Food security should be a 'vital factor' to consider in the global climate crisis narrative, GlobalData has said, and should be prioritised during the COP26 Summit.
According to a recent consumer survey carried out by GlobalData in the third quarter of this year, food security is deemed 'extremely important' for 43% of people around the world.
This surpasses half the population for the Middle East and Africa (MEA) and South America, while developed regions – namely North America and Europe – report lower concern levels.
Impact On Food Systems
“Countries on and around the equator are subject to some of the harshest extremes in climate change and weather patterns," commented Carmen Bryan, consumer analyst at GlobalData. "This, combined with more fragile infrastructure, has negatively impacted food systems as well as economic growth.
"Given that many of these countries are also key agricultural and manufacturing markets, a break in supply here will impact the global food system and economy, leading to commodity shortages and price hikes – much like what we have seen during COVID-19 the pandemic.”
The COVID-19 pandemic has shone a spotlight on food security and poverty, with global hunger levels reaching around 9.9% of the world's population in 2020, according to UN data.
Another effect of the pandemic has been its influence on taking action, with corporate social responsibility growing in importance. As of September this year, GlobalData said, more than half of global consumers agree that they are somewhat or completely more loyal to brands that support environmental (56%) or social (54%) causes.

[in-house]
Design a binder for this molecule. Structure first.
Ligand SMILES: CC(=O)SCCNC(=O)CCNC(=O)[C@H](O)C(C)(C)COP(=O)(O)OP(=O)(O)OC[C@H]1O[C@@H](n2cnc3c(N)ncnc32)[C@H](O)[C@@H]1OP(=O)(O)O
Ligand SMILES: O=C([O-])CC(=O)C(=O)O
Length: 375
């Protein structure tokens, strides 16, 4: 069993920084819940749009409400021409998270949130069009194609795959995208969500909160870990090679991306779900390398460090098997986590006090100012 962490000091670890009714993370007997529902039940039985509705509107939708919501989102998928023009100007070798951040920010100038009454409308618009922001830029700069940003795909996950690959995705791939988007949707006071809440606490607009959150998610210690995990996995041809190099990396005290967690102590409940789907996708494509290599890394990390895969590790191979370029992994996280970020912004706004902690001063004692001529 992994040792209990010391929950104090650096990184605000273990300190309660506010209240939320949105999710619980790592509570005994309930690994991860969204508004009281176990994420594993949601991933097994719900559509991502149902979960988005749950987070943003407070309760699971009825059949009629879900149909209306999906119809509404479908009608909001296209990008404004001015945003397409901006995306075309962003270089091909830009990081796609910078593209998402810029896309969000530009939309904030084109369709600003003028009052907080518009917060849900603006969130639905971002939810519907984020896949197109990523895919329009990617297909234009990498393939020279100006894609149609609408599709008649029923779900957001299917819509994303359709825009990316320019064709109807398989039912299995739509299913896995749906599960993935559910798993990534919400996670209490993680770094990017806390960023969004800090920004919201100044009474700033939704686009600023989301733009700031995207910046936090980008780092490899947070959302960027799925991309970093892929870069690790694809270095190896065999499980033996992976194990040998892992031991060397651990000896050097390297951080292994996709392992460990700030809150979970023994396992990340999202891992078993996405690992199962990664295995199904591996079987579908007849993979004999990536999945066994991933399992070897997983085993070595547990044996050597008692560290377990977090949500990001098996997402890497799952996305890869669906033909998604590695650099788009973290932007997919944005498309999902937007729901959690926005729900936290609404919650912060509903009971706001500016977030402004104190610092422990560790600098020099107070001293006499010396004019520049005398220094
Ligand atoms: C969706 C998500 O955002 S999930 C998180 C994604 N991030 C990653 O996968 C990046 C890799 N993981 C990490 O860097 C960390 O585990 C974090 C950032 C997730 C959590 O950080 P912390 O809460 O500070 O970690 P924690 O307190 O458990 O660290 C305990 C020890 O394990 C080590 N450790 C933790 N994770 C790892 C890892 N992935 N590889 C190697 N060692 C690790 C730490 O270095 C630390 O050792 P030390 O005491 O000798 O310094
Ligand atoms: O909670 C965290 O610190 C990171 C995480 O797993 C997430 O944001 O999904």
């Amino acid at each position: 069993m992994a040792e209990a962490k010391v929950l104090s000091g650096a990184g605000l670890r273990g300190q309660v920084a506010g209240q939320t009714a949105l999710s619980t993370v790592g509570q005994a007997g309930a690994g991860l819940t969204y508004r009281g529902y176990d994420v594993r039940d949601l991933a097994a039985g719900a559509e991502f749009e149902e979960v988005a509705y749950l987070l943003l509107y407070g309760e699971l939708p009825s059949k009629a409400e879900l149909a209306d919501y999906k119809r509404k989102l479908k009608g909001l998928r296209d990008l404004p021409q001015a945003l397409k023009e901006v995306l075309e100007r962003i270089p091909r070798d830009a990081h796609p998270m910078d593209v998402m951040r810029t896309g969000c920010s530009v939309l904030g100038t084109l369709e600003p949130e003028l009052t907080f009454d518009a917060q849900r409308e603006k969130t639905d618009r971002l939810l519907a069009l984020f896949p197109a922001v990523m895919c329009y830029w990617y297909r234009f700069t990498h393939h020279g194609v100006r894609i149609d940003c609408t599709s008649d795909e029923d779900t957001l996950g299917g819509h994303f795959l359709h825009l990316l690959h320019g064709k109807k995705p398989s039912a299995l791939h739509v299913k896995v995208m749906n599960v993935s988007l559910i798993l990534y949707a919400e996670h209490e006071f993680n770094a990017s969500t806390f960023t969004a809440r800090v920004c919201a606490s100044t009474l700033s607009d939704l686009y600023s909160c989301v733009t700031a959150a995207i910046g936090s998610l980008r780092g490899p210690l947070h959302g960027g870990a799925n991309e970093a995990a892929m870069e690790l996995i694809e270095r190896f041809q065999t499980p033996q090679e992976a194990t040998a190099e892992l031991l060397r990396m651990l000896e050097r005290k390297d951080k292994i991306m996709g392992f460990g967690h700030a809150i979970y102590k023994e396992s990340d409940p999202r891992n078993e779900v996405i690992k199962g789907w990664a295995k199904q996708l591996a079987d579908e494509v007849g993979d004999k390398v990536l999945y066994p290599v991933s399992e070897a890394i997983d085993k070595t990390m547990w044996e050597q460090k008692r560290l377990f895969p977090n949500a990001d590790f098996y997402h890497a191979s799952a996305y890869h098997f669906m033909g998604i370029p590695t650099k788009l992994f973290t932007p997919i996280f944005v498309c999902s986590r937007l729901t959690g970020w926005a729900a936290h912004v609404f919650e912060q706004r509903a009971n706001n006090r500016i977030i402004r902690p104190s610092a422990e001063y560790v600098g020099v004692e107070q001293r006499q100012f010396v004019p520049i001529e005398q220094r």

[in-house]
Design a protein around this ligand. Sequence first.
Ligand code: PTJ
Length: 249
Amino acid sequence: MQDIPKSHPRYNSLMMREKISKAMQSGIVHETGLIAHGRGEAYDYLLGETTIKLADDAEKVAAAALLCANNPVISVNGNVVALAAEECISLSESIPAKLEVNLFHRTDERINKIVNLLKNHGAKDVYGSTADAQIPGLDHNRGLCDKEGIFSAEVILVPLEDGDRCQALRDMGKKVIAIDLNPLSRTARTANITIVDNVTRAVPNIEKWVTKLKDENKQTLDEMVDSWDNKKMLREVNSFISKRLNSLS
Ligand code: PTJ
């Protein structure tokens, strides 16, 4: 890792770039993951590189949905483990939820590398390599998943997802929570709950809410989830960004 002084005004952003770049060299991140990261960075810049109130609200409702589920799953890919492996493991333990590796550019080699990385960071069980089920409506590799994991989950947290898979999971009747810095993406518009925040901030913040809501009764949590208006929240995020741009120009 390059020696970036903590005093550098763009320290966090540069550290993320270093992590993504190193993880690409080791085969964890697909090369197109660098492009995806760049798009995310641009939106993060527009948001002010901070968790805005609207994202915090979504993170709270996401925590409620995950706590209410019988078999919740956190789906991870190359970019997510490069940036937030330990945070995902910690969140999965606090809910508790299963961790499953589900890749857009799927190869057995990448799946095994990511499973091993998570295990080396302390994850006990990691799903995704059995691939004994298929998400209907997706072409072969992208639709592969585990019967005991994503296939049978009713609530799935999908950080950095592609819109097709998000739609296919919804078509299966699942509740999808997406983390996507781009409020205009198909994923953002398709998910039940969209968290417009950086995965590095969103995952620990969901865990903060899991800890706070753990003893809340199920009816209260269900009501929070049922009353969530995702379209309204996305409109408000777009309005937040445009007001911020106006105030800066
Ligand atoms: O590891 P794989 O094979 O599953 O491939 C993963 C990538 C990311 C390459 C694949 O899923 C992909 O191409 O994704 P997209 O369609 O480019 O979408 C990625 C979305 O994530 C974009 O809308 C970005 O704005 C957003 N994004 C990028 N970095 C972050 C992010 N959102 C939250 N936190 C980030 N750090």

Taking Concrete Action
“Brands that actively and transparently demonstrate their efforts to re-evaluate their supply chain and innovate in new ingredients will benefit from sustained consumer interest and repeat buys," Bryan said. "Food and beverage sectors will need to implement practical measures in line with government guidance in order to safeguard both their reputation and long-term viability of supply.
"Diversifying products, either into new alternative food sources or alternating between seasonal foods, can help brands adapt to and withstand changing weather cycles.”
Bryan added that while there is no 'one-size-fits all' solution to climate change or food poverty, food security is something that offers tangible solutions, if the will is there.
"However, it will take collaboration from governments, industry players, and authorities from external bodies to see COP26’s ambitious goals reached, and the global food systems reinforced and protected," she added. [Picture: UNFCC/Kiara Worth]
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